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Ways and Means Health Subcommittee Hearing Looks at Promoting Competition to Lower Medicare Drug Prices

Yesterday, the House Ways and Means (W&M) Health Subcommittee held a hearing, “Promoting Competition to Lower Medicare Drug Prices,” to examine how competition would help reduce the cost of drugs in Medicare. The hearing continues the inquiry into pharmaceutical pricing begun by a full W&M Committee hearing last month.

The high cost of prescription drug prices is a priority of the new Congress, with Democrats and Republicans, as well as the Trump administration, all proposing solutions, such as permitting prescription drug importation from Canada, further Medicare Part D negotiations, setting international reference pricing, and reducing barriers to competition.

In his opening remarks, Health Subcommittee Chairman Lloyd Doggett (D-TX) noted that Thursday’s hearing would “have a special focus on the role that competition can play in bringing down soaring prices and on the multiple barriers, deliberately constructed by the industry, to prevent competition from working effectively.” One such barrier, he said, are the so-called pay-for-delay settlements, in which brand-name and generic manufacturers agree to anticompetitive deals that keep competition off the market. Chairman Doggett has introduced legislation, H.R. 1344, the Competitive DRUGS Act, to prohibit these deals and impose tax penalties on companies that engage in this behavior.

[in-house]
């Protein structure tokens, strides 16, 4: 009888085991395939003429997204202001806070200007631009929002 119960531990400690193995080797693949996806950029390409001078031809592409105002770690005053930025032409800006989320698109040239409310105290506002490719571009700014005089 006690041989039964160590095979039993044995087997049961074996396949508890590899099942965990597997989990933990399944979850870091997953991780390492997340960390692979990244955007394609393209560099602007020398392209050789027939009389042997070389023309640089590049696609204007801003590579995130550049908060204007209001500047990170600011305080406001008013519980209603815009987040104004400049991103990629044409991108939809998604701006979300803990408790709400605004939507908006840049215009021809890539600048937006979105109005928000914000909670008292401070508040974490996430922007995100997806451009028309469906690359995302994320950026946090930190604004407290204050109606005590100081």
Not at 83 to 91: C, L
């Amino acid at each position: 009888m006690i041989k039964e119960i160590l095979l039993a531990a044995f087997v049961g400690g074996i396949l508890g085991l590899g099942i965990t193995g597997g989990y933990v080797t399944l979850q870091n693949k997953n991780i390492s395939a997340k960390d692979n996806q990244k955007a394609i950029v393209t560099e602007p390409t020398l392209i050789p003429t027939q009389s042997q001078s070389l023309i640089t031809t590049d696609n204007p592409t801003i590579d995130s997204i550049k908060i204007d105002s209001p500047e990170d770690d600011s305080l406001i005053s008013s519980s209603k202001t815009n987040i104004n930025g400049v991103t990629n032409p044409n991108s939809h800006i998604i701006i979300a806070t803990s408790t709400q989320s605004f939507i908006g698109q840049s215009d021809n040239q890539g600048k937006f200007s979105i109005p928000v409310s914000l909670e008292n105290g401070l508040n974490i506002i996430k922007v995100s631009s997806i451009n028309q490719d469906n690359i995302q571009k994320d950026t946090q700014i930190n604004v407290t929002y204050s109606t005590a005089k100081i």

Five witnesses, representing advocacy groups as well as medical and law schools, testified before the committee, offering ideas on how Congress could lower drug prices without stifling innovation, including  limiting the number of patents one drug could receive. Also discussed was allowing the government to negotiate directly in Medicare Part D, replacing the current system of negotiations by private insurance companies who administer the program. Republicans were critical of this Democratic proposal.

For more information about the hearing, including witness testimony and video coverage, visit the W&M Health Subcommittee website.

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